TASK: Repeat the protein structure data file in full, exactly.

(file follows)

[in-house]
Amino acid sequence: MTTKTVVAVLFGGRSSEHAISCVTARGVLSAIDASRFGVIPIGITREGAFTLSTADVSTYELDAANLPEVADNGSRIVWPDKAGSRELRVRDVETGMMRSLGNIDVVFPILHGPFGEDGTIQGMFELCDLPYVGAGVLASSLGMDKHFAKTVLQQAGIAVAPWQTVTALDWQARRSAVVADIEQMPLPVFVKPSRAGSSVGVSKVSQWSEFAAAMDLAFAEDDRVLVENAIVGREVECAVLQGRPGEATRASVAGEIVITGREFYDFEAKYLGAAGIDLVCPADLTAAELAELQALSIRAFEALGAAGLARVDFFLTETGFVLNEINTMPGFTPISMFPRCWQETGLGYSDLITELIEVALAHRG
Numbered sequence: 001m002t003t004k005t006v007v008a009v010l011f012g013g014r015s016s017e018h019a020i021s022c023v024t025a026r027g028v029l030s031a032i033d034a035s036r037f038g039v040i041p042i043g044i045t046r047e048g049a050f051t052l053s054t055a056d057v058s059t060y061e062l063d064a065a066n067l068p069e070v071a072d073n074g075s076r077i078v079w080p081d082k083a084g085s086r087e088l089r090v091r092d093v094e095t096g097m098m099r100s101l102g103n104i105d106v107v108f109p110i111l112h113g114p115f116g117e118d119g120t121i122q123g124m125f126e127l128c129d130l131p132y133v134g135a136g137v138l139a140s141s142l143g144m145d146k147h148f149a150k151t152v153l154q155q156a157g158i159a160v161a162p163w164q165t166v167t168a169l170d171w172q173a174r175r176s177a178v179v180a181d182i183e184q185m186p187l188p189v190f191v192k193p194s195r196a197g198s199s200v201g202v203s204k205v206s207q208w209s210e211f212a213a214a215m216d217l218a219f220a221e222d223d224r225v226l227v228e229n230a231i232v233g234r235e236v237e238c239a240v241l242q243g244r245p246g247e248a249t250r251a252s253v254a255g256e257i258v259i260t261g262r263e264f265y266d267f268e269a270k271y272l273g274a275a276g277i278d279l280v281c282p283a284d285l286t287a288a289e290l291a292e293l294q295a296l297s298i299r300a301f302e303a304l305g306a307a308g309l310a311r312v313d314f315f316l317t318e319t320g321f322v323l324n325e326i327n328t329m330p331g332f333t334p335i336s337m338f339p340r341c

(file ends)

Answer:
[in-house]
Amino acid sequence: MTTKTVVAVLFGGRSSEHAISCVTARGVLSAIDASRFGVIPIGITREGAFTLSTADVSTYELDAANLPEVADNGSRIVWPDKAGSRELRVRDVETGMMRSLGNIDVVFPILHGPFGEDGTIQGMFELCDLPYVGAGVLASSLGMDKHFAKTVLQQAGIAVAPWQTVTALDWQARRSAVVADIEQMPLPVFVKPSRAGSSVGVSKVSQWSEFAAAMDLAFAEDDRVLVENAIVGREVECAVLQGRPGEATRASVAGEIVITGREFYDFEAKYLGAAGIDLVCPADLTAAELAELQALSIRAFEALGAAGLARVDFFLTETGFVLNEINTMPGFTPISMFPRCWQETGLGYSDLITELIEVALAHRG
Numbered sequence: 001m002t003t004k005t006v007v008a009v010l011f012g013g014r015s016s017e018h019a020i021s022c023v024t025a026r027g028v029l030s031a032i033d034a035s036r037f038g039v040i041p042i043g044i045t046r047e048g049a050f051t052l053s054t055a056d057v058s059t060y061e062l063d064a065a066n067l068p069e070v071a072d073n074g075s076r077i078v079w080p081d082k083a084g085s086r087e088l089r090v091r092d093v094e095t096g097m098m099r100s101l102g103n104i105d106v107v108f109p110i111l112h113g114p115f116g117e118d119g120t121i122q123g124m125f126e127l128c129d130l131p132y133v134g135a136g137v138l139a140s141s142l143g144m145d146k147h148f149a150k151t152v153l154q155q156a157g158i159a160v161a162p163w164q165t166v167t168a169l170d171w172q173a174r175r176s177a178v179v180a181d182i183e184q185m186p187l188p189v190f191v192k193p194s195r196a197g198s199s200v201g202v203s204k205v206s207q208w209s210e211f212a213a214a215m216d217l218a219f220a221e222d223d224r225v226l227v228e229n230a231i232v233g234r235e236v237e238c239a240v241l242q243g244r245p246g247e248a249t250r251a252s253v254a255g256e257i258v259i260t261g262r263e264f265y266d267f268e269a270k271y272l273g274a275a276g277i278d279l280v281c282p283a284d285l286t287a288a289e290l291a292e293l294q295a296l297s298i299r300a301f302e303a304l305g306a307a308g309l310a311r312v313d314f315f316l317t318e319t320g321f322v323l324n325e326i327n328t329m330p331g332f333t334p335i336s337m338f339p340r341c